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I’m releasing my photos under a CC license

I’d been planning to do this for some time now but never got around to it.

Everyone assumes that bloggers will use any image they find, be it through Google or from the story’s original source or whatever. I know I do. I also know that when other blogs repost myoriginal stories they use my photos, and I’m quite happy to have them do it.

But I also want to be proactive in this so I’m going to release all the photos under a CC-BY-NC license. Basically anyone can use the photos for any non commercial purpose so long as they give me attribution. And in case you were wondering a blog post with adverts on the same page is _not_ a commercial purpose, so bloggers can indeed use the images.

P.S. If anyone thinks this is a bad idea, please let me know.

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Doug September 23, 2010 um 2:19 pm

I’m not a fan of Creative Commons. Yeah, it gives you the "I’m doing a good thing" aura, but from a practical point of view it’s somewhere between useless and harmful.

It’s useless because the user still needs to contact the supplier before using the material. There are at least two reasons for this.

First, the CC licenses explicitly deny that the supplier warranties that they have any right to the material in the first place, nor that they have obtained the necessary clearance rights for the content (such as model releases).

Second, there is no way for the user to show, much less prove, what license was available and used. Let’s say you put up a photo with a CC license, and I grab it to use on my weblog within the terms of the CC-BY-NC license. A year from now, you change the licensing terms to one requiring royalties. My weblog continues to display your photo. Q1: am I automatically in violation, since the CC licenses don’t license in perpetuity? Q2: how can I show that when I grabbed the photo, it was under a CC-BY-NC license?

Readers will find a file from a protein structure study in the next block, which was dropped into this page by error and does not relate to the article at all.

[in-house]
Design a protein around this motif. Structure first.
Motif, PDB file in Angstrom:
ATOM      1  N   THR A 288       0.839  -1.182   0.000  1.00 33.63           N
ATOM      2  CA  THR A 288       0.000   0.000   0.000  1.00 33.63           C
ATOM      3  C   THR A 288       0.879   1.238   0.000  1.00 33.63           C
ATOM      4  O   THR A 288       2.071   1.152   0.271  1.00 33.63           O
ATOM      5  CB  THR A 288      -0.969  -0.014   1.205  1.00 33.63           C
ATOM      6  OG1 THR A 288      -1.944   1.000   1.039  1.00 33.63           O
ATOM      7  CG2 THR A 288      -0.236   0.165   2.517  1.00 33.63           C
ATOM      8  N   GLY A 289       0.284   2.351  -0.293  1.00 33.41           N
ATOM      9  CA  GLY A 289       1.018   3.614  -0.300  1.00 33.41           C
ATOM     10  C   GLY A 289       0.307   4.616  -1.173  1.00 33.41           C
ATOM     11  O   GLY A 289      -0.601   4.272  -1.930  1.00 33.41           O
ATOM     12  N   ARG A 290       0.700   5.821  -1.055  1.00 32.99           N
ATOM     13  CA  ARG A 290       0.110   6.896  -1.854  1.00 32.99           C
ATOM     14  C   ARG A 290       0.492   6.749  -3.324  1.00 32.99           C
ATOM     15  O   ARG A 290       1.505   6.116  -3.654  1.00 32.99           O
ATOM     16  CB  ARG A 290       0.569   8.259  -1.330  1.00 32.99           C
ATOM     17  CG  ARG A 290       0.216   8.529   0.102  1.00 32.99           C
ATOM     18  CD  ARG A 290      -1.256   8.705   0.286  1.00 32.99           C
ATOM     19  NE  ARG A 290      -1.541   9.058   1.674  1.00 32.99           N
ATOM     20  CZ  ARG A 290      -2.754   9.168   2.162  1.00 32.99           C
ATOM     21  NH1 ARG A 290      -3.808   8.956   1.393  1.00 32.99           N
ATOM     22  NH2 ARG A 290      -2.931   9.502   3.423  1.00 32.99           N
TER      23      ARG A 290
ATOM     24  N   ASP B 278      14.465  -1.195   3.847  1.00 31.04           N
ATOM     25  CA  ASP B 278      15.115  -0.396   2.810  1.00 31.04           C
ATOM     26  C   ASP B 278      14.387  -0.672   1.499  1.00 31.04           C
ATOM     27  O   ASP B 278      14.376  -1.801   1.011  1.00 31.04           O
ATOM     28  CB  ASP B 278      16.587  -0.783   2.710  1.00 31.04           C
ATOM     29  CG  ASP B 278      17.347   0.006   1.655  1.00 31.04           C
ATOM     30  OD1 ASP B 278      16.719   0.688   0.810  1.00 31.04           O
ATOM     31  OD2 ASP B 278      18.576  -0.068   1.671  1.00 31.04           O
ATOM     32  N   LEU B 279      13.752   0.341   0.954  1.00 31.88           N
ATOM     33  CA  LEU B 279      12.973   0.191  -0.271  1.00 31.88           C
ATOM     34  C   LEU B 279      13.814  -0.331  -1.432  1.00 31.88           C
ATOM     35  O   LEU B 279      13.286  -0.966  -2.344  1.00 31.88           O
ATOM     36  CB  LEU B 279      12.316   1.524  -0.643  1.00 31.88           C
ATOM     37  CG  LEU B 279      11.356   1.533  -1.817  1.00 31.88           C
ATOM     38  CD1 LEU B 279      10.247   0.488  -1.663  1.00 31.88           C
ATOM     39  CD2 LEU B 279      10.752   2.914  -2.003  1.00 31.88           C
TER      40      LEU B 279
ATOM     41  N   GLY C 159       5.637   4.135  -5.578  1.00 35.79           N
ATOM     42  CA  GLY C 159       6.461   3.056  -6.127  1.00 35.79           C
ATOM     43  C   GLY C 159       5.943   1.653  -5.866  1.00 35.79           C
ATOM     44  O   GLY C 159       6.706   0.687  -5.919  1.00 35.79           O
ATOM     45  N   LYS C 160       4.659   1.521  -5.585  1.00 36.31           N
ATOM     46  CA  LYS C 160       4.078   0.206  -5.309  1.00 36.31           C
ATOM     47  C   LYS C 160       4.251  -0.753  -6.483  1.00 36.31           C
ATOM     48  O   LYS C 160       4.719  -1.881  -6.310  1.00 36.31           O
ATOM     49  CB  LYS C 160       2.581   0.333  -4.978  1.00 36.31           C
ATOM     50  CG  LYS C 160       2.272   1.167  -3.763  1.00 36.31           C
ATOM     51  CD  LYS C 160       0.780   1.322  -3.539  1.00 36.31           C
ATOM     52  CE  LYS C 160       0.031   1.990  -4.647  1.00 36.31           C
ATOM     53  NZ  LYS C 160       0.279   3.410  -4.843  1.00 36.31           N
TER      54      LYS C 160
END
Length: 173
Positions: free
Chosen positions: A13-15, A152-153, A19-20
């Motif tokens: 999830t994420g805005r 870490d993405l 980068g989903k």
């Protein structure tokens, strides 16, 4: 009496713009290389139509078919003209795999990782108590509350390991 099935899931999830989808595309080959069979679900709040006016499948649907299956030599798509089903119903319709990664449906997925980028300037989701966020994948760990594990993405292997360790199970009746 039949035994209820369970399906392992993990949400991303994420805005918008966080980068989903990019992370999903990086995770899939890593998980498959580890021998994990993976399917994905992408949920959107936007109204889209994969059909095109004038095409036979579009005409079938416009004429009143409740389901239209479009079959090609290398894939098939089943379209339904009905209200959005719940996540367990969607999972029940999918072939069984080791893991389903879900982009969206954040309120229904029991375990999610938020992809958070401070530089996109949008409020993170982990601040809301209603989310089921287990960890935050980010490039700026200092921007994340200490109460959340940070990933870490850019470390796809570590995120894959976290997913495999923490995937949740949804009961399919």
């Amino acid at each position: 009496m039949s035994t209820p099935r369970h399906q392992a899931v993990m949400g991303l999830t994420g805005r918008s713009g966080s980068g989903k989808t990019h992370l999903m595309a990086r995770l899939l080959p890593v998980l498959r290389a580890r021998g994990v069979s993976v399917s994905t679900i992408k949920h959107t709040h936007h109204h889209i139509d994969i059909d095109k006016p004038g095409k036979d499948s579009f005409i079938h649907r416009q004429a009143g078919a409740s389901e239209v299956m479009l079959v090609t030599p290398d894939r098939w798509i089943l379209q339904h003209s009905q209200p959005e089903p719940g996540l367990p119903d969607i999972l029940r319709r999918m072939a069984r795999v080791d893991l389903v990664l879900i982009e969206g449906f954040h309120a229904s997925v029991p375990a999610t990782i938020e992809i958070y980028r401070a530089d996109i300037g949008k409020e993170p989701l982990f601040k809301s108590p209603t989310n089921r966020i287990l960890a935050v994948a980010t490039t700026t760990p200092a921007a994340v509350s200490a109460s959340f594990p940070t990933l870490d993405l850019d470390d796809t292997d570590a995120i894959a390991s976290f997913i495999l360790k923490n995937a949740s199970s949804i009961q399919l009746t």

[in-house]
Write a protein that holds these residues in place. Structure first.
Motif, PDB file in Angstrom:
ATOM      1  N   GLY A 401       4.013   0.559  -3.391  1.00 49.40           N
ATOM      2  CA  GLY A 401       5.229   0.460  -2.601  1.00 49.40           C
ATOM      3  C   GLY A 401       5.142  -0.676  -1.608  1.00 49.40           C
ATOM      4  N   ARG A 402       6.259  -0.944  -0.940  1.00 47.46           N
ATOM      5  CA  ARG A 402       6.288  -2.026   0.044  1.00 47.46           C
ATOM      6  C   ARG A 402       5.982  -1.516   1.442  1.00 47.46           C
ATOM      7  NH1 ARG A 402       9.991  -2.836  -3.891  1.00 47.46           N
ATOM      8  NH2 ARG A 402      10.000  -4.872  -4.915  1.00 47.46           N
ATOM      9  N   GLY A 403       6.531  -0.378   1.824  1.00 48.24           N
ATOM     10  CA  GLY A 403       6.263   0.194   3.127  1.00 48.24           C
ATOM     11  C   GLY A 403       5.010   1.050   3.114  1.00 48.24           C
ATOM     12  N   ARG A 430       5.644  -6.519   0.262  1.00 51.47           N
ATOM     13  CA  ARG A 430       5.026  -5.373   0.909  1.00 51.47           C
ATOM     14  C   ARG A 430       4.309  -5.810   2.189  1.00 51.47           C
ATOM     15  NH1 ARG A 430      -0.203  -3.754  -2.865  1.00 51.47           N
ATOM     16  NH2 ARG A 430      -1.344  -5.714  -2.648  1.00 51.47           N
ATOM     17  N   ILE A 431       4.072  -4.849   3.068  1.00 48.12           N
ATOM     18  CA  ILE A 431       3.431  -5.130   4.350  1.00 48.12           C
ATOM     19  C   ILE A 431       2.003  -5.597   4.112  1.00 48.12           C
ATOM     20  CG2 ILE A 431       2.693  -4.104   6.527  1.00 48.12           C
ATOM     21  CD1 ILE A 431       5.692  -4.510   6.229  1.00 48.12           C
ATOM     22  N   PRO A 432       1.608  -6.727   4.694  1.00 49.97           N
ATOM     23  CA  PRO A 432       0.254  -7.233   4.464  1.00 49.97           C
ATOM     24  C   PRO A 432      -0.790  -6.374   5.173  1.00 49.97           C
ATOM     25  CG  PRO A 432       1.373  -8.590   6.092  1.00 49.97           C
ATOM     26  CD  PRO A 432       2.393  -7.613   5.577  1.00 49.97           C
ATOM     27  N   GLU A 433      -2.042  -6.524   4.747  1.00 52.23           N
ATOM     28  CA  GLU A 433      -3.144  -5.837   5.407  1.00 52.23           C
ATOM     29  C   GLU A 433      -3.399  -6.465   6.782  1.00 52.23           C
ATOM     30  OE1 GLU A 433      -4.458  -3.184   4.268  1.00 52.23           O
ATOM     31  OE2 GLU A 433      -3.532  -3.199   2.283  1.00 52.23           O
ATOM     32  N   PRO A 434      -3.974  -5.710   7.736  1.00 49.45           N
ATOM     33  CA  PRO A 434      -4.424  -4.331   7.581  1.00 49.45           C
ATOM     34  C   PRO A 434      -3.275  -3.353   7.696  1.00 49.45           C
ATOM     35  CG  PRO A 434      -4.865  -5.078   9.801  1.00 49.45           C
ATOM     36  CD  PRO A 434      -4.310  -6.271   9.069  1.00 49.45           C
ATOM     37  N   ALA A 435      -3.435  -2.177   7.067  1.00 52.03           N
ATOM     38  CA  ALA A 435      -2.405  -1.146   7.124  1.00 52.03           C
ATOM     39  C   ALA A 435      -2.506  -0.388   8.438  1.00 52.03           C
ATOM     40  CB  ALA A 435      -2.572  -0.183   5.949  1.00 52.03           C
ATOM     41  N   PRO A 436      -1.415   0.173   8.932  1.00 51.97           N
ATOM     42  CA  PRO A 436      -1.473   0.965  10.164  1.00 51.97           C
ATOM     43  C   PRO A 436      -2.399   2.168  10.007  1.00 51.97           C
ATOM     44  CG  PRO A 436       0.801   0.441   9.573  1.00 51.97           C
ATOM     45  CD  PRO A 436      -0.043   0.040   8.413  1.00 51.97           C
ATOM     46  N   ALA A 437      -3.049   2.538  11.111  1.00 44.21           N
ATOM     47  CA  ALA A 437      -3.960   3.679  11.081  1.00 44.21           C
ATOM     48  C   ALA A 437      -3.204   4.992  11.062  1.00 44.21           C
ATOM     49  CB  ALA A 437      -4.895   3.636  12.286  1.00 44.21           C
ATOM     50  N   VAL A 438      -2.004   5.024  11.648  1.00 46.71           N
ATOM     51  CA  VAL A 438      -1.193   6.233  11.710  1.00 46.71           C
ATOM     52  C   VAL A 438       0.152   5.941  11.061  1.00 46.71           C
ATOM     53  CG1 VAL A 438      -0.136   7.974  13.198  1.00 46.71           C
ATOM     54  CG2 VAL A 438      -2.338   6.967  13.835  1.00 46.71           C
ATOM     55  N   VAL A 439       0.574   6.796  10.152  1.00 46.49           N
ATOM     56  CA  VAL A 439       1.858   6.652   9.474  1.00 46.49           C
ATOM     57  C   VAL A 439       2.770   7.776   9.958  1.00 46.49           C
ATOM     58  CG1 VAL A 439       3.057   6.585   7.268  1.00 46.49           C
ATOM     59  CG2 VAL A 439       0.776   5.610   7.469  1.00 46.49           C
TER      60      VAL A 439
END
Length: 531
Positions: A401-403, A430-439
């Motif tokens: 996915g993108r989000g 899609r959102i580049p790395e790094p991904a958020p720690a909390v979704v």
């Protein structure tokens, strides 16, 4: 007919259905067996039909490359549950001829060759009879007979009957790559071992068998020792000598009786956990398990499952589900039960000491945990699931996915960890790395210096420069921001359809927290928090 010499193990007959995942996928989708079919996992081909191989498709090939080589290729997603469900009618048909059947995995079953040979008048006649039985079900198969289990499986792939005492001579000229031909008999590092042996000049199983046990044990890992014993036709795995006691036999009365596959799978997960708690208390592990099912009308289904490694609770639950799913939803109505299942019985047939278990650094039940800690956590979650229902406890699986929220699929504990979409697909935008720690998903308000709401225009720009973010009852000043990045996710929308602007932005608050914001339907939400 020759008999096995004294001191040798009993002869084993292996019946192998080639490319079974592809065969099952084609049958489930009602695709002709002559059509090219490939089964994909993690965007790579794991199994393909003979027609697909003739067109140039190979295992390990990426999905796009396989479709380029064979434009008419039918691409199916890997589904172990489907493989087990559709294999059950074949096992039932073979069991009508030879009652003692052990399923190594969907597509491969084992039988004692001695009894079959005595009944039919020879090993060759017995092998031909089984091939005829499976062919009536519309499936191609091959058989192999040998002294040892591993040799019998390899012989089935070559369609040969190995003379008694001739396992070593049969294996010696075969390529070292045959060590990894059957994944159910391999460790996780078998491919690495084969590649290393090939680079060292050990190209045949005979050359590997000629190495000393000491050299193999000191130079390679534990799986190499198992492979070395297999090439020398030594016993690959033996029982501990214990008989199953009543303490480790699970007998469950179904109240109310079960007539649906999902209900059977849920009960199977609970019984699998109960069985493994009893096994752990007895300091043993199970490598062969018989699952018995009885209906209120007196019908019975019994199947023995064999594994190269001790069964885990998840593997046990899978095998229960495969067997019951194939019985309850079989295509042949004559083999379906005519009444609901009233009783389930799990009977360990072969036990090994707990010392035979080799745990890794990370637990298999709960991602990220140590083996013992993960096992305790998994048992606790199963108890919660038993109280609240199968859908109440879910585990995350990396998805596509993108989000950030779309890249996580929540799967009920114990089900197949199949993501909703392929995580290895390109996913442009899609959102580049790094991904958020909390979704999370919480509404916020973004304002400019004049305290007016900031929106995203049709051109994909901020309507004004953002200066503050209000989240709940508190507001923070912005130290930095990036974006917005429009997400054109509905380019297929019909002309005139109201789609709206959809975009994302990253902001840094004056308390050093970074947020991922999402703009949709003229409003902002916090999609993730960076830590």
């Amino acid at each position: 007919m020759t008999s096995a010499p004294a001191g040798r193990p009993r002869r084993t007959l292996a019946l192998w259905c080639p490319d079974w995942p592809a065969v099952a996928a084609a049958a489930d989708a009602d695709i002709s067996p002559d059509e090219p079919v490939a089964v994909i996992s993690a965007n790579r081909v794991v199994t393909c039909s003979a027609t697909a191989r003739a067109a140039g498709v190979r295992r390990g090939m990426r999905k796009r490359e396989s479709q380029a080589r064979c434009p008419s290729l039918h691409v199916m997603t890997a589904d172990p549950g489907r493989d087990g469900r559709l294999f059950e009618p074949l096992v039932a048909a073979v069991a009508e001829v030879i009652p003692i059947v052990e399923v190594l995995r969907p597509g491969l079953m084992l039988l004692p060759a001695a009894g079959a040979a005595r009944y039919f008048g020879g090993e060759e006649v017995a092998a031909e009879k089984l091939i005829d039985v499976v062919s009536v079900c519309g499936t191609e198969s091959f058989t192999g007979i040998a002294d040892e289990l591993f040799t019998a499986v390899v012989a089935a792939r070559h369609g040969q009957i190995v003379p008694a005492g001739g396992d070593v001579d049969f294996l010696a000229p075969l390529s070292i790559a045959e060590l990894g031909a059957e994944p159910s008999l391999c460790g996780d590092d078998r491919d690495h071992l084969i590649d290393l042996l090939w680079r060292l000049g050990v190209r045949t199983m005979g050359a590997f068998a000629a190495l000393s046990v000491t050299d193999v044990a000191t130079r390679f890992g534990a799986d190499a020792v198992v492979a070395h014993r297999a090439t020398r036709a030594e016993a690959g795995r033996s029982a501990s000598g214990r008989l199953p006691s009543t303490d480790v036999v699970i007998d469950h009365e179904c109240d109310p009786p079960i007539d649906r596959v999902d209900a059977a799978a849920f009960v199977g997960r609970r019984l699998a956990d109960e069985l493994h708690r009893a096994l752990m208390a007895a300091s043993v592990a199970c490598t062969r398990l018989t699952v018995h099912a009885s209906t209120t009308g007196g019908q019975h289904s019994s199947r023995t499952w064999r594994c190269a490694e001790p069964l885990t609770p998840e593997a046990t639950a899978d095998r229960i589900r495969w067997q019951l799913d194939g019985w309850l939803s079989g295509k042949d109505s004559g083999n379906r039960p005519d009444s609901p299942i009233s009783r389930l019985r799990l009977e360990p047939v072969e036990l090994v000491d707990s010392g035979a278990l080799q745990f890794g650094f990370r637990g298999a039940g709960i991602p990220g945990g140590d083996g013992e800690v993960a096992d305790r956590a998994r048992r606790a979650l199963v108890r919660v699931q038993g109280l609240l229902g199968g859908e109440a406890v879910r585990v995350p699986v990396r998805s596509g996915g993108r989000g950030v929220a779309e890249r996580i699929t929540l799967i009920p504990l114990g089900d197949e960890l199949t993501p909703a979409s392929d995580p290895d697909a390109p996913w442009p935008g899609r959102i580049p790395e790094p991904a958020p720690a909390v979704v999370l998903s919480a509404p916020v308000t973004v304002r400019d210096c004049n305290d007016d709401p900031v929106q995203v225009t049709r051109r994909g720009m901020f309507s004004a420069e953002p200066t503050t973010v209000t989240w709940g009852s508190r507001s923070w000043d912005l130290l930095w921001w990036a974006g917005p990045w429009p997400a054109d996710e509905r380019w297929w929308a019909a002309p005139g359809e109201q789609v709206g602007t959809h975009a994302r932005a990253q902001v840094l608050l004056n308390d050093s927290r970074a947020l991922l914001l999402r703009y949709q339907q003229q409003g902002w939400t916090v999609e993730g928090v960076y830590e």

As a user, I need something from the creator that affirms that they have the right to supply the content, that all subsidiary clearances have been obtained, and that specifies which license is being used and how long that license applies for my usage.

A CC license can be harmful from the viewpoint of the creator because you lose control over your work. There are a number of non-commercial organizations that *I* wouldn’t want my work associated with.

Mike Cane September 23, 2010 um 3:34 pm

Frankly, the permutations of CC give me a freakin headache. I have a bunch of photos of writers taken from various venues I was thinking of contributing in similar fashion, but the hassle is too much for me to deal with and since I made the effort to get the photos, no one else should run them before I do.

Nic Boshart September 23, 2010 um 5:44 pm

I think it’s a great idea. There are always people who are going to use your ideas in unintended ways, but more often then not it’s good, or at least funny. I’ve got the same license on my crappy comic blog. It’s the internet! You’re creating something to contribute to the noise, not to horde and protect. Why not make it as easy as possible to spread around?

But is it piracy? September 28, 2010 um 11:38 am

[…] don’t care that they copied the video (that’s why I announced a CC licence on my photos last week), and I know that I’m not alone in this. For all we know Activision doesn’t want to […]

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